It's not unlike problems other states are facing, so it's nothing unusual.
The problem? Funding highway maintenance and building projects.
I can't speak for other states, but New Hampshire has a means of funding much of this that, on paper, looks like it would do a pretty good job of making sure that all of the financial needs of the state Department of Transportation, and specifically their needs for highway funds, are met.
Most of those funds are supposed to come from the state gasoline taxes and vehicle registration fees. Some comes from the federal government as New Hampshire's piece of the federal highway fund pie. The clincher that's supposed to make all of this work is that the New Hampshire state constitution bans the use of these funds for anything other than highway construction, maintenance, or “for the supervision of traffic thereon.”
Now here's the root of New Hampshire's highway funding problem: 62 percent of the highway funds collected are going to other state agencies having nothing to do with building or maintaining our highways in violation of the state constitution.
As the state struggles to find money to fix bridges and highways, the equivalent of nearly two of each three cents in state gasoline taxes is diverted from road construction.
The state's budget sends highway fund money to eight state agencies where workers never touch a shovel, welding torch or bucket of asphalt. Of the total $128 million in gasoline taxes raised in 2007, $79 million, or 62 percent, was used for non-construction purposes, a Legislative Budget Assistant's Office report shows. A total of $107 million was transferred out of Department of Transportation hands in 2007; $28 million of that went to the betterment of local roads.
If a majority of that money had gone where it's supposed to go our state wouldn't have to postpone or cancel much needed road improvements or construction. What the legislature seems to forget is that if our state's roads are left to deteriorate due to funds constitutionally mandated to pay for them being shifted to other agencies for other uses, our economy could deteriorate with them. Do you think I'm exaggerating? All one needs to do is look to southern New England to see what the effects of deteriorating roads had on the economy of Connecticut.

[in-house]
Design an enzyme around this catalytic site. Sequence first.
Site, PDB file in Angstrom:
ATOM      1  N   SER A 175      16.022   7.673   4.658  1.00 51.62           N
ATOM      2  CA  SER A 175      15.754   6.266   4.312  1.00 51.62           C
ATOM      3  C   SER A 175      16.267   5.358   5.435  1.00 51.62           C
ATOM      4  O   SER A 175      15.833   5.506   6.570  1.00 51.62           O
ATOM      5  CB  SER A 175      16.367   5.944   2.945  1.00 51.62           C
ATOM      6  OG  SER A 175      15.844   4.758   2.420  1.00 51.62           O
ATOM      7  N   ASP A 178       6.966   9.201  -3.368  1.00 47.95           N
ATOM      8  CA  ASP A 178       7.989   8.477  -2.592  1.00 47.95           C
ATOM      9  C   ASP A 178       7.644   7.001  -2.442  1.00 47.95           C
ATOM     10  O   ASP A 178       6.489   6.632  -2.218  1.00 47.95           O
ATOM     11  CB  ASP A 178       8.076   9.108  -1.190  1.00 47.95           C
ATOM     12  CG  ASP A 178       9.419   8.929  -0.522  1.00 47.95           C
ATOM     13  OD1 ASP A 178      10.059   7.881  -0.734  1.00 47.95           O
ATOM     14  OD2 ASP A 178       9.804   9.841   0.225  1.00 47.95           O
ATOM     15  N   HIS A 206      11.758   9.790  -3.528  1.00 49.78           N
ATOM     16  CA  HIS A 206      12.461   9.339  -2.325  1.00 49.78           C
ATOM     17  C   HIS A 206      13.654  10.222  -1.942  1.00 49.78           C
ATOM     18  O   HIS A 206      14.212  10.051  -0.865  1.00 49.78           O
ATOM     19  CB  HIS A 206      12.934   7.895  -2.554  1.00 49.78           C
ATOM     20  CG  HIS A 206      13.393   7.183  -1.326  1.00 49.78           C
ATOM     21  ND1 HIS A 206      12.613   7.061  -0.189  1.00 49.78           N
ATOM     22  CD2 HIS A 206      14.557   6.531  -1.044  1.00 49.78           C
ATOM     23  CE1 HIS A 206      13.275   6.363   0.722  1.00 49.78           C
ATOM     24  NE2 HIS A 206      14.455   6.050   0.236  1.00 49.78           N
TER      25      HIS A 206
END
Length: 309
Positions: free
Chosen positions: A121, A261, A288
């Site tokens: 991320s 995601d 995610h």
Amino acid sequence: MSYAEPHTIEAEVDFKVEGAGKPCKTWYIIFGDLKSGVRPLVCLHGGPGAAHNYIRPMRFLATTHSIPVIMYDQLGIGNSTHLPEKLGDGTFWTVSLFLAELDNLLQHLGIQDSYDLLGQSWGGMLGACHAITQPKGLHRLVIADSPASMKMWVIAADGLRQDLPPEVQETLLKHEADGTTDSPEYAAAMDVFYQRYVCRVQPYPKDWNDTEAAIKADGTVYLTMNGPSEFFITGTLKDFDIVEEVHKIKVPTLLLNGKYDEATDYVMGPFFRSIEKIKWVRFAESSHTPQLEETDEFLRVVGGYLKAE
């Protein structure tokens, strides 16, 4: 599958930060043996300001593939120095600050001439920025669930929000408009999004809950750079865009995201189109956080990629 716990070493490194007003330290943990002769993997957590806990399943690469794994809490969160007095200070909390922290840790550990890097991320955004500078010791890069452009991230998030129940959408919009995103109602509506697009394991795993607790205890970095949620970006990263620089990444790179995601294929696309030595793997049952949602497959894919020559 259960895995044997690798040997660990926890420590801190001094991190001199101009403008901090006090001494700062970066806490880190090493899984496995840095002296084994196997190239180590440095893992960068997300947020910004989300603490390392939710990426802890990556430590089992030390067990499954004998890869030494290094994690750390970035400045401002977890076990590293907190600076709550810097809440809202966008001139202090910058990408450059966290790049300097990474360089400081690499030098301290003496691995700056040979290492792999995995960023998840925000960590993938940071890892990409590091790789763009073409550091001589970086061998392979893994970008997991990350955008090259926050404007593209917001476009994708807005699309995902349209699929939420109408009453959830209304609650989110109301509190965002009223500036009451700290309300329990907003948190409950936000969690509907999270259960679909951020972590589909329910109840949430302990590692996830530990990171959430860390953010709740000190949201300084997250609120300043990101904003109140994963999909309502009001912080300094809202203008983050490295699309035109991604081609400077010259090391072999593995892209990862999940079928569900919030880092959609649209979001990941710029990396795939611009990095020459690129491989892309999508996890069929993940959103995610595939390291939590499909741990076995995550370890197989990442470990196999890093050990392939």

In the 1960's Connecticut had some of the best roads and highways in the nation. During the mid-70's and early 80's highway maintenance was delayed or canceled. The roads started falling apart. Some became nothing more than long ribbons of patched asphalt that were bumpy and, in some cases, dangerous to travel. As the roads fell apart, so did Connecticut's economy. But the state came to its senses and started rebuilding their roads and adding new ones. As they did, the state economy picked up.
So now the question begs, why have these much needed funds been transferred to agencies having nothing to do with transportation in New Hampshire?
Money is extremely tight at the DOT. The state's 10-year highway plan will take an estimated 35 years to complete unless changes are made to turnpike tolls, gasoline taxes or the plan itself. Acting Transportation Commissioner Charles O'Leary has suggested $1.1 billion in cuts that will get the list to a 22-year plan.
The Department of Safety, which received $70 million or 30 percent of all highway funds last year, gets the bulk of the transferred funds, mostly to cover costs of highway patrols by state police. But Health and Human Services, state courts, the Attorney General's Office, the Department of Environmental Services and the Office of Information Technology also share in the transfers.
Health and Human Services, the courts, the Attorney General's Office, and the Department of Environmental Services? How in hell are they entitled to highway funds? (I can see where the Office of Information Technology gets off receiving some funds – they operate and maintain the DOT's computer networks and systems.)
To quote our governor, “The state should not use the highway fund as an ATM to cover other expenses.”
Maybe it's time for our governor to start using his veto pen and prevent this wholesale theft of funds by the legislature.